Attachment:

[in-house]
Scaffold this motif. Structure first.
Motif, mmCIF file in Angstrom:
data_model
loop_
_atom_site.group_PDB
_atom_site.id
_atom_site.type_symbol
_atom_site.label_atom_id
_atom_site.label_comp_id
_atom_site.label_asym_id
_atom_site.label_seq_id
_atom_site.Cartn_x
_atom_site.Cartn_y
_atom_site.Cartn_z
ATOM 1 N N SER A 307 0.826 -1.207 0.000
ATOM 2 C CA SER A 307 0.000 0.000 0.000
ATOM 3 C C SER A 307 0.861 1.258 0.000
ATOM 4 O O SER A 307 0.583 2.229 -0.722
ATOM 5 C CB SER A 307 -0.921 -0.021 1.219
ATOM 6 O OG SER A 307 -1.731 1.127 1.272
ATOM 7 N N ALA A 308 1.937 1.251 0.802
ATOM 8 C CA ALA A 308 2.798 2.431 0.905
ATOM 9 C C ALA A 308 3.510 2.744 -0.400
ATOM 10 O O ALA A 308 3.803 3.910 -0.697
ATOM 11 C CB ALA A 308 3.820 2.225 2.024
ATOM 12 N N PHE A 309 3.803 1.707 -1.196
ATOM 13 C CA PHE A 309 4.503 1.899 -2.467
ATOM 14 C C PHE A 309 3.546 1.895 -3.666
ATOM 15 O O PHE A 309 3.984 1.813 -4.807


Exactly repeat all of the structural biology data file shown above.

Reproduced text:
[in-house]
Scaffold this motif. Structure first.
Motif, mmCIF file in Angstrom:
data_model
loop_
_atom_site.group_PDB
_atom_site.id
_atom_site.type_symbol
_atom_site.label_atom_id
_atom_site.label_comp_id
_atom_site.label_asym_id
_atom_site.label_seq_id
_atom_site.Cartn_x
_atom_site.Cartn_y
_atom_site.Cartn_z
ATOM 1 N N SER A 307 0.826 -1.207 0.000
ATOM 2 C CA SER A 307 0.000 0.000 0.000
ATOM 3 C C SER A 307 0.861 1.258 0.000
ATOM 4 O O SER A 307 0.583 2.229 -0.722
ATOM 5 C CB SER A 307 -0.921 -0.021 1.219
ATOM 6 O OG SER A 307 -1.731 1.127 1.272
ATOM 7 N N ALA A 308 1.937 1.251 0.802
ATOM 8 C CA ALA A 308 2.798 2.431 0.905
ATOM 9 C C ALA A 308 3.510 2.744 -0.400
ATOM 10 O O ALA A 308 3.803 3.910 -0.697
ATOM 11 C CB ALA A 308 3.820 2.225 2.024
ATOM 12 N N PHE A 309 3.803 1.707 -1.196
ATOM 13 C CA PHE A 309 4.503 1.899 -2.467
ATOM 14 C C PHE A 309 3.546 1.895 -3.666
ATOM 15 O O PHE A 309 3.984 1.813 -4.807